Ironically, the greatest threat to China’s ongoing rise is potential democratisation as domestic incomes breach levels that elsewhere have unlocked a push towards individual actualisation and, eventually, democratisation. Such change would probably disrupt China’s current growth trajectory and negatively affect Africa, given China’s importance as a trading partner, investor and infrastructure builder.

The priority for Africa is to maximise its sustainable development prospects

Alternatively, and less likely, the ongoing divisions in the US could, if left unchecked, result in domestic violence and armed conflict. Either development would leave the other as globally dominant. 

But the most likely disrupter is the accelerated impact of climate change that could force a reassessment of the current global trajectory towards a Divided World and provide an impetus towards a collective response.

The future relations between the US and EU are therefore important for the continued dominance of the West, while the orientation of India will also affect the future global balance of power and the nature of that order.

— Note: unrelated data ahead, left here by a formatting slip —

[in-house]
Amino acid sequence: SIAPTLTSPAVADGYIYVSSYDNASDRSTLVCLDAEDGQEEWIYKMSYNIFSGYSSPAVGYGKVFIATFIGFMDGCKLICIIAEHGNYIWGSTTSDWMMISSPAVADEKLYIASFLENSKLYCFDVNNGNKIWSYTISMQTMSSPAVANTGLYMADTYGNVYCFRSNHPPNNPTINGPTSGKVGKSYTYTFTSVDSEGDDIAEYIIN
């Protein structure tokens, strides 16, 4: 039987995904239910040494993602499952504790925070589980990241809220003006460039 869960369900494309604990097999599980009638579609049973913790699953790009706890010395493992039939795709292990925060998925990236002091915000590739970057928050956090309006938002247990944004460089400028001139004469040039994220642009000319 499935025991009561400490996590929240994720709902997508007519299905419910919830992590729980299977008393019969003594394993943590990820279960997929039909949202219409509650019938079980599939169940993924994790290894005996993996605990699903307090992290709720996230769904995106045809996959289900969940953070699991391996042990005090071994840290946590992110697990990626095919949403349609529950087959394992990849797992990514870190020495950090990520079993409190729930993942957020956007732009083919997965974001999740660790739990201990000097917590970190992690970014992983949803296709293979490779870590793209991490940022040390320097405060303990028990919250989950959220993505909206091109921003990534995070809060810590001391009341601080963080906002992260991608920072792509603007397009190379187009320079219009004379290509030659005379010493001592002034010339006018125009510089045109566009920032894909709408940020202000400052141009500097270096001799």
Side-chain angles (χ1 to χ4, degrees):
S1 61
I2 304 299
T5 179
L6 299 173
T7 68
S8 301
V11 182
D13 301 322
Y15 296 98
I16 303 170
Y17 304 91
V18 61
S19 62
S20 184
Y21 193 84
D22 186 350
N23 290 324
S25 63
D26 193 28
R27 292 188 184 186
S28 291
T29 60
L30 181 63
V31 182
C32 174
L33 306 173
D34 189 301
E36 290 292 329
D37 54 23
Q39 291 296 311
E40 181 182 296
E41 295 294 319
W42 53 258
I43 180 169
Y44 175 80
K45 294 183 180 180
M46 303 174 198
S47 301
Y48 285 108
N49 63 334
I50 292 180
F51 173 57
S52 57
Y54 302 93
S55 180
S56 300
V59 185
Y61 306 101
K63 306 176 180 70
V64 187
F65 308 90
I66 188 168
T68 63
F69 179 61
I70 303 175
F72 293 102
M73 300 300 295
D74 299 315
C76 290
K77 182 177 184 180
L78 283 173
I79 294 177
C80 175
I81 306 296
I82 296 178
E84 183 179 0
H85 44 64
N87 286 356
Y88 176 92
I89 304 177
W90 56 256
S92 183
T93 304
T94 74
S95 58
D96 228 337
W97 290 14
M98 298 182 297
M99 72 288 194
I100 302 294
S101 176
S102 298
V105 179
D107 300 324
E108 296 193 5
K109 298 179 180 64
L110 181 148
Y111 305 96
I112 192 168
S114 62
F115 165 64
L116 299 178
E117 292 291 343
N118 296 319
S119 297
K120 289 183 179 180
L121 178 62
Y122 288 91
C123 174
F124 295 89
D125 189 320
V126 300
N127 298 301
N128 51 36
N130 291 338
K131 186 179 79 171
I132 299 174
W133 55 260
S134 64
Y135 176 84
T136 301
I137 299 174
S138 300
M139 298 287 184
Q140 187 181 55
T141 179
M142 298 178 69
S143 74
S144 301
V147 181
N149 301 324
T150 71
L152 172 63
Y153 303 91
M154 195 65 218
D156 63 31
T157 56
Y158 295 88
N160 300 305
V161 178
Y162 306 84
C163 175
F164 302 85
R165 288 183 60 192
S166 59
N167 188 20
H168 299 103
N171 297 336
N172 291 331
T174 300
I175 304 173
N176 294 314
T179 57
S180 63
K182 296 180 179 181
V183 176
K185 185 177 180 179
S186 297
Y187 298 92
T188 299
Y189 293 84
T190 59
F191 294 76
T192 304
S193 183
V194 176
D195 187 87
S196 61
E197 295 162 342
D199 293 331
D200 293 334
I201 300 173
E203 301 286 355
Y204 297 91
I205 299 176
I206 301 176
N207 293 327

A united West will dominate globally but not if the US and EU bicker and go their separate ways. This is likely under the resumption of the disastrous foreign policies of Donald Trump should he be re-elected as US president in 2024. In addition, although the war in Ukraine has strengthened relations in the EU, and between the US and EU, rising energy prices coupled with a likely recession will strain EU unity.

Meanwhile the Ukrainian conflict and the fear of China’s rising influence are having significant collateral damage effects. We argue that the West needs to differentiate between China and Russia and resist simplistic narratives that pit a benevolent West against bad China associated with evil Russia in Africa. For Africa to develop and reduce poverty it needs China, the EU and the US. It cannot choose one above the other. 

Not all African leaders are committed to the development of their countries

The Chinese Communist Party won’t abandon its collectivist views on politics and development just as democratic countries won’t abandon a belief in individual freedoms and political rights. What is needed is a determined effort to rebuild relations between the West and China to one of mutual respect and acknowledgement of the differences in approaches to development and governance. Such a rapprochement would be a crucial step towards the achievement of a Sustainable World that allows space for Africa’s development.